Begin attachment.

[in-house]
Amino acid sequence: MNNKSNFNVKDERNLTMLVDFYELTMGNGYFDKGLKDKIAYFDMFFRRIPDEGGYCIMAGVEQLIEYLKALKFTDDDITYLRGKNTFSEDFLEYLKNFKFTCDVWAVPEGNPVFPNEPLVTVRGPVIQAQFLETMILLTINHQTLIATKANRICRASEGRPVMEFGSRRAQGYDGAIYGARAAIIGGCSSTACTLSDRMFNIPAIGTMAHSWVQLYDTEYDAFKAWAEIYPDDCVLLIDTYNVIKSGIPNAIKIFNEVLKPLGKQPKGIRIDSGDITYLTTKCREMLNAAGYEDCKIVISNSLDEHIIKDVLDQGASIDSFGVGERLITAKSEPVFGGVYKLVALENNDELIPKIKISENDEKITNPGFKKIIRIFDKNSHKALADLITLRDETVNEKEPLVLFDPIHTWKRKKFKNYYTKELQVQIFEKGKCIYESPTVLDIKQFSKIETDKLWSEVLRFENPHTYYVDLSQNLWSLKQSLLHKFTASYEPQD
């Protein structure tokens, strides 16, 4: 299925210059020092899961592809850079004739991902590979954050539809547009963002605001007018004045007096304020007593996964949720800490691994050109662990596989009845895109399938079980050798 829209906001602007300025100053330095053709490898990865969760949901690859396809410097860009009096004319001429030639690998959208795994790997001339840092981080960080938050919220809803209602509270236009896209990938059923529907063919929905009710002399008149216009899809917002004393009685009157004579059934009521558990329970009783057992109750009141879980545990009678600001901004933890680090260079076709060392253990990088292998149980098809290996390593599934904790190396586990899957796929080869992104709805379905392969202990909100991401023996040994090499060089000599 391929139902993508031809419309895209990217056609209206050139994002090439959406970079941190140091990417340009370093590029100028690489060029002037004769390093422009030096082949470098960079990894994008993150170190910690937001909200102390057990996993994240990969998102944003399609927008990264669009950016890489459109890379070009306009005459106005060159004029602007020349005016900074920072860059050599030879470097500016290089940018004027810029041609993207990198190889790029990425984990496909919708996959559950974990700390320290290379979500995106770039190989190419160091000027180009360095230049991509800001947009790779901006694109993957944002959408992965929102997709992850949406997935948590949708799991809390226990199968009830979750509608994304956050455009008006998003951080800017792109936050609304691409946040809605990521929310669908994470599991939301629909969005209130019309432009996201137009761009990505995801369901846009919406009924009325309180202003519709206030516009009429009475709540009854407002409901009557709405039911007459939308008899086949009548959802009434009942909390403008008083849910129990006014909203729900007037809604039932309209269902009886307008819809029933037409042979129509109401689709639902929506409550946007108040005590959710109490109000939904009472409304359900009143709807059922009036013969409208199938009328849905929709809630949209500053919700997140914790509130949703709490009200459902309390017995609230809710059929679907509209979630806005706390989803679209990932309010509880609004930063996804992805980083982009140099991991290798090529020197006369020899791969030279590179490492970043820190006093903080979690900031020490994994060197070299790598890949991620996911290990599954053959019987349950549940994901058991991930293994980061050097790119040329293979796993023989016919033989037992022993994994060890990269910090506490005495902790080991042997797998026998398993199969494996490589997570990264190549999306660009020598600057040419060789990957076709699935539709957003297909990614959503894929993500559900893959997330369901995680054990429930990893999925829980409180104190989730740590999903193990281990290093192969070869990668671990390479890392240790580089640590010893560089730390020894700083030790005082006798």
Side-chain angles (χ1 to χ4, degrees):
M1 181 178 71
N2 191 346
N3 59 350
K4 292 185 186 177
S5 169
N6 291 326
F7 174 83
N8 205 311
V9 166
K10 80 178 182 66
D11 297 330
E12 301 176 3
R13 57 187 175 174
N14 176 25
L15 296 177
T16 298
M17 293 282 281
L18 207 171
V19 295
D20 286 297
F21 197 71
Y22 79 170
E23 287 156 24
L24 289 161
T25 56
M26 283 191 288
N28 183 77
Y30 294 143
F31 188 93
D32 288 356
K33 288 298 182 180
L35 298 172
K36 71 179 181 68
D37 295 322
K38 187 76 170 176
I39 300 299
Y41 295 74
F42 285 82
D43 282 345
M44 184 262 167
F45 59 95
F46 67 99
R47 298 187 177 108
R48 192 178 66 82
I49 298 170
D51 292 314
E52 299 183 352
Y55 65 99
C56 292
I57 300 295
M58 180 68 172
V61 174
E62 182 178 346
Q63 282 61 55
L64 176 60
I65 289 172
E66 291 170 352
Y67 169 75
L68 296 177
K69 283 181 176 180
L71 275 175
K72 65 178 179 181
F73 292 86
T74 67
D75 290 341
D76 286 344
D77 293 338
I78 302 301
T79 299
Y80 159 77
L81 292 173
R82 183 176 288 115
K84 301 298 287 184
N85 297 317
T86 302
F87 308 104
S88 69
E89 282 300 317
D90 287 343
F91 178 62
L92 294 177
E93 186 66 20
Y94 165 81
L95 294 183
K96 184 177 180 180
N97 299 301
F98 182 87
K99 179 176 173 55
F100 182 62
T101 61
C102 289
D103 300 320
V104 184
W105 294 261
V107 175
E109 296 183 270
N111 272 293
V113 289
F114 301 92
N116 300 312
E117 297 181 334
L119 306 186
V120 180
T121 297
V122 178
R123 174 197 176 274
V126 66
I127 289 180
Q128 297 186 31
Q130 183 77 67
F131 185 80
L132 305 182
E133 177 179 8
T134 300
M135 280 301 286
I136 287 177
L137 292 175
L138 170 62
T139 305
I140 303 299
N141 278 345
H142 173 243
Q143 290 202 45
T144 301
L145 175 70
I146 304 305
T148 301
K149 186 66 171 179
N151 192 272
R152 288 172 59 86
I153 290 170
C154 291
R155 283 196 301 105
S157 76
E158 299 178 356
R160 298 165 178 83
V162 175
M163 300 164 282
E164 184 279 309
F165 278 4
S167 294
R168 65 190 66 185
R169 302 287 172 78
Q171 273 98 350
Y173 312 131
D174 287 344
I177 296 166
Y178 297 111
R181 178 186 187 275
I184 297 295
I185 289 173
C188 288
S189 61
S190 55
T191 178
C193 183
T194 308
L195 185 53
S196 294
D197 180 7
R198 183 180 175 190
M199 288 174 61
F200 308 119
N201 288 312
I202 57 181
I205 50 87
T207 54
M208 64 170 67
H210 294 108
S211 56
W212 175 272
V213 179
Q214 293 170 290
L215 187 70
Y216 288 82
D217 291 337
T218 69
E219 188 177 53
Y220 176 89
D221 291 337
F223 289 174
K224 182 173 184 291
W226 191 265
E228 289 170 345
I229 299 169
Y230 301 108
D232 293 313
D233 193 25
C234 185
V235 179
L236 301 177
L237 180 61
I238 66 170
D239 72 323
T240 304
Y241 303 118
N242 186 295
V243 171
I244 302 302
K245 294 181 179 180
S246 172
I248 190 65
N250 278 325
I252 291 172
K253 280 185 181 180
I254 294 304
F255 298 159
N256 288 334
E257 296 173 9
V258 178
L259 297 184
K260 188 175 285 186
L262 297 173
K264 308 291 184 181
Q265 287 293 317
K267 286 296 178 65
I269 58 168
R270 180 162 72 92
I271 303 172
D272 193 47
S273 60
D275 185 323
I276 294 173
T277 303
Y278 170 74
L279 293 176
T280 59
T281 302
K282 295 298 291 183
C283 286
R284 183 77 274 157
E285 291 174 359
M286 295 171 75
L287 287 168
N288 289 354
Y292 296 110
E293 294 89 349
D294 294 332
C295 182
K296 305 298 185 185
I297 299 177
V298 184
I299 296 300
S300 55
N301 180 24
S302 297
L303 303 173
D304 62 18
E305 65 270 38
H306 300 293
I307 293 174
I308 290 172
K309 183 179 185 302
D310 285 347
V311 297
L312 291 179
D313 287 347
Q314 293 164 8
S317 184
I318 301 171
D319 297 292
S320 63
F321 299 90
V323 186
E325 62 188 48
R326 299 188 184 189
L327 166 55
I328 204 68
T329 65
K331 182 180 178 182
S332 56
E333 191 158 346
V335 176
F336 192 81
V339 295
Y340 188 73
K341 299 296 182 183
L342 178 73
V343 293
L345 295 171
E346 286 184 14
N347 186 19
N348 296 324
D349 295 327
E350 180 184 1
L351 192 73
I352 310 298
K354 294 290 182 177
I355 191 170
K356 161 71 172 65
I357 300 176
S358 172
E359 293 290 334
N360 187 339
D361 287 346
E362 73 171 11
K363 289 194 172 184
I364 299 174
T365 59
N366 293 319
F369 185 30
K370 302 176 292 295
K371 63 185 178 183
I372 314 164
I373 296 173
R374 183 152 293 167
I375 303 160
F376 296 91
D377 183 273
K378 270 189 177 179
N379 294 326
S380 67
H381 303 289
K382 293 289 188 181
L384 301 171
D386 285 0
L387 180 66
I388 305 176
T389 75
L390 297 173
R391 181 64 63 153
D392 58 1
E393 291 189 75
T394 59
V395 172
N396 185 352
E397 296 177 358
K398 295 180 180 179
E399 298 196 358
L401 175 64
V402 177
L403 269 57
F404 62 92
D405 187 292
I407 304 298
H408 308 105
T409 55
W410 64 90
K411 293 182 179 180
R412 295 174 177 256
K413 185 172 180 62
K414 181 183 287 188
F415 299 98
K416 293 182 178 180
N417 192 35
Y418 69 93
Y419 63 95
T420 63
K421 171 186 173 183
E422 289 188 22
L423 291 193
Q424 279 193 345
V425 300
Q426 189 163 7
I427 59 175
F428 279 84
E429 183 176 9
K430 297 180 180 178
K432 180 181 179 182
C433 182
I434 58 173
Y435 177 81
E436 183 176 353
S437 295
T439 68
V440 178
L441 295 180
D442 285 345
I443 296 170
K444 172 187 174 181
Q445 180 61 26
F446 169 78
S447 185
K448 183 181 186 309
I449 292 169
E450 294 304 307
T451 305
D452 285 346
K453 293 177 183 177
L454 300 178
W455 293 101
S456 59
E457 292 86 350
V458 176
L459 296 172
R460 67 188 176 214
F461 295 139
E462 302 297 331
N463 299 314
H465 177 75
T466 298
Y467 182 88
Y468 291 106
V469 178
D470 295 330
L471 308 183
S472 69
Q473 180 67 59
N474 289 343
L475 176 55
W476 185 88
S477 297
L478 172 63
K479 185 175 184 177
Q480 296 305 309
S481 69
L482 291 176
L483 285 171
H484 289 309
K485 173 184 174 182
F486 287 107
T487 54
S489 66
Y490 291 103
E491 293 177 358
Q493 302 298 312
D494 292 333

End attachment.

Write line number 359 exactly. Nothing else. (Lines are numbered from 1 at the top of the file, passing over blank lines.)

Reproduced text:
I427 59 175